When CBS told a Finnish mother that in parts of the U.S. moms receive no paid maternity leave, she asked, "Well how do you do that?" Excellent question.

"We are collecting a lot of taxes," said Finland's Family Affairs and Social Services Minister Annika Saarikko, "but if you go and ask from the Finns, 'Are you okay with that?' everybody is saying, 'Yes. We have good use with that system.'"

Many people argue that there are fundamental differences between the U.S. and Finland that make comparisons difficult. However, at least when it comes to healthcare, the argument falls flat—literally every other developed nation in the world provides universal healthcare.

Helsinki University Hospital Chief Physician Dr. Aydin Tekay told CBS This Morning that the only reason the Finnish healthcare system couldn't be replicated in the U.S. is because of politics.

Yep. MAGLF!

Watch the segment on CBS This Morning:

Pop Culture

Artist uses AI to create ultra realistic portraits of celebrities who left us too soon

What would certain icons look like if nothing had happened to them?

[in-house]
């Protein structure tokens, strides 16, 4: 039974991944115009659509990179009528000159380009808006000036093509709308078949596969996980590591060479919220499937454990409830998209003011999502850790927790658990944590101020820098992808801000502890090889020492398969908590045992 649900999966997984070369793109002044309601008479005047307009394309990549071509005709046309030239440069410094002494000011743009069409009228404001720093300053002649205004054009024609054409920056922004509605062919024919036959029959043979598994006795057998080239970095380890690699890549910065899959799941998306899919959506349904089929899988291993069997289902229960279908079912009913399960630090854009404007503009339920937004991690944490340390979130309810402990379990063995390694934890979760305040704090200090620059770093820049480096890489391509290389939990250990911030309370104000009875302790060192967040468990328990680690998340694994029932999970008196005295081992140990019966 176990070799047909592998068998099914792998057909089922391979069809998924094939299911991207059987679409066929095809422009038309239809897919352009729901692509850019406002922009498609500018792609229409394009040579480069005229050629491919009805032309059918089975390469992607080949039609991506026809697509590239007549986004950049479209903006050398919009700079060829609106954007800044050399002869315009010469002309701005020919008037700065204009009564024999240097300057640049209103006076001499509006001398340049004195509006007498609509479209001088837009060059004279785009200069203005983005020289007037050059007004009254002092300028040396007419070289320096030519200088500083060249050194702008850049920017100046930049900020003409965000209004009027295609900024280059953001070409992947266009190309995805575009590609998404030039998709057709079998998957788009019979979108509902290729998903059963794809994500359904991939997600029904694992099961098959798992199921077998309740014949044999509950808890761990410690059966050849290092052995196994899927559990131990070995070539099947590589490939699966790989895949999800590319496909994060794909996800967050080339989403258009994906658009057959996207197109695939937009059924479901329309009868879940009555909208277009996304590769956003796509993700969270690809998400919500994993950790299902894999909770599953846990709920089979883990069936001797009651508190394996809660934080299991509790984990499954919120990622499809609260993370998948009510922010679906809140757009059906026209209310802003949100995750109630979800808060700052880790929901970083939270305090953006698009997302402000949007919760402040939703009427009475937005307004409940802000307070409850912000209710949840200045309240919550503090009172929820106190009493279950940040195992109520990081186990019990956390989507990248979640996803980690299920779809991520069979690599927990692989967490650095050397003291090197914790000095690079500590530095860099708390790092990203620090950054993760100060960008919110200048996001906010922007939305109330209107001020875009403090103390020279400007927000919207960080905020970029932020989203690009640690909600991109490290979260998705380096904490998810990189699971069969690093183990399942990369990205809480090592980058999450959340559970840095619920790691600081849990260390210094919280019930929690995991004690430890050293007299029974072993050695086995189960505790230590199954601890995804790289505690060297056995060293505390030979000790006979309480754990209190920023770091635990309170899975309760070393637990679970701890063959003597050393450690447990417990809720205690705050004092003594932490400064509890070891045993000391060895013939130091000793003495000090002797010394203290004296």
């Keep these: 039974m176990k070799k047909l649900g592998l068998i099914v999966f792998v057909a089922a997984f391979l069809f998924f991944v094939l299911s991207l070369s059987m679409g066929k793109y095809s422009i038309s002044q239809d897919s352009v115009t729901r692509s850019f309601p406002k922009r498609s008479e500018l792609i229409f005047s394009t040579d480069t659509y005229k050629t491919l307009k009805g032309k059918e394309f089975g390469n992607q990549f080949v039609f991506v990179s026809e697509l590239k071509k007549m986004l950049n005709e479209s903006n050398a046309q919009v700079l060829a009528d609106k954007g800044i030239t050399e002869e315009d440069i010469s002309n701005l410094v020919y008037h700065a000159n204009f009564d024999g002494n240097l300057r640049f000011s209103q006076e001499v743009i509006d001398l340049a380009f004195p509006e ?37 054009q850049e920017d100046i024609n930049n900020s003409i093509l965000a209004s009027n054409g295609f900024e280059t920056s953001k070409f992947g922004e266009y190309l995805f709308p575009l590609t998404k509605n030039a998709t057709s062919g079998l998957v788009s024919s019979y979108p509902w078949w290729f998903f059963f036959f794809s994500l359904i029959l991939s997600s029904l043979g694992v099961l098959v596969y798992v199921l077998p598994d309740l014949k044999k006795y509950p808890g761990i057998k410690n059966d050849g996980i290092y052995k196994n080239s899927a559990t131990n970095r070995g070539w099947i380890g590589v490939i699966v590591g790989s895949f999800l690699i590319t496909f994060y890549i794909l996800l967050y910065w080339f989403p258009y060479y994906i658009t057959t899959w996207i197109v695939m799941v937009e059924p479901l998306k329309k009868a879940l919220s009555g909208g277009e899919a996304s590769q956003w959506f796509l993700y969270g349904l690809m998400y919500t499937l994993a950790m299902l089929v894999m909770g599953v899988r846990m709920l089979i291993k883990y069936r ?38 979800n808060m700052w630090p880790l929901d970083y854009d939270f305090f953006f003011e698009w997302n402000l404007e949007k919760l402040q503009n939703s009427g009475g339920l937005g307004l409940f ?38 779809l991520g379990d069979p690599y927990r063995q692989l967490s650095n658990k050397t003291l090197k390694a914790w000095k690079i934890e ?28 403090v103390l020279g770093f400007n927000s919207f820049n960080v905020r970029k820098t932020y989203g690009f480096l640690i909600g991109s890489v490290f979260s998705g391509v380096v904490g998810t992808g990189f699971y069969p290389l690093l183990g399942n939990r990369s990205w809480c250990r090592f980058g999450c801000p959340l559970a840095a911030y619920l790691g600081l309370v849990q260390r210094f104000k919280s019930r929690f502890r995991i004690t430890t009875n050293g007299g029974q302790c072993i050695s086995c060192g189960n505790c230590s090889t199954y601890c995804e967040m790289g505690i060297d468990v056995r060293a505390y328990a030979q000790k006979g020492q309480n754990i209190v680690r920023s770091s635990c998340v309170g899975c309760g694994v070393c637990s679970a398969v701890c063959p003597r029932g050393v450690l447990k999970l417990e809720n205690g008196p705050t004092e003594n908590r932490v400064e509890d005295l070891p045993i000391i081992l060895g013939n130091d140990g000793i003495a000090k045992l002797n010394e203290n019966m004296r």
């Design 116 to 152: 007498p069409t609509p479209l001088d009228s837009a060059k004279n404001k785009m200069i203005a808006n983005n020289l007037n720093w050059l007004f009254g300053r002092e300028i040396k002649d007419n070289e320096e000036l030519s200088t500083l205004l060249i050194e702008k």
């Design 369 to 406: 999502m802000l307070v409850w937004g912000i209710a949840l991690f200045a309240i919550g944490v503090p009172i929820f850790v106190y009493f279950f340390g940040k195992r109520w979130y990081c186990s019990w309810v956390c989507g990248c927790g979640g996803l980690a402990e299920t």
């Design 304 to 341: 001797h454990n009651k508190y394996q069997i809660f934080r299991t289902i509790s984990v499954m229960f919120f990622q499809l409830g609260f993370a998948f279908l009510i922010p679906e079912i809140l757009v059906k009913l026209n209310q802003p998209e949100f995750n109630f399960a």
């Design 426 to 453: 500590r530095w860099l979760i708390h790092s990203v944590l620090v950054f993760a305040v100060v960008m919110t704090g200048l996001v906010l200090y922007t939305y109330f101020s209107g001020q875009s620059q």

Mercury would be 76 today.

Some icons have truly left this world too early. It’s a tragedy when anyone doesn’t make it to see old age, but when it happens to a well-known public figure, it’s like a bit of their art and legacy dies with them. What might Freddie Mercury have created if he were granted the gift of long life? Bruce Lee? Princess Diana?

Their futures might be mere musings of our imagination, but thanks to a lot of creativity (and a little tech) we can now get a glimpse into what these celebrities might have looked like when they were older.

Alper Yesiltas, an Istanbul-based lawyer and photographer, created a photography series titled “As If Nothing Happened,” which features eerily realistic portraits of long gone celebrities in their golden years. To make the images as real looking as possible, Yesiltas incorporated various photo editing programs such as Adobe Lightroom and VSCO, as well as the AI photo-enhancing software Remini.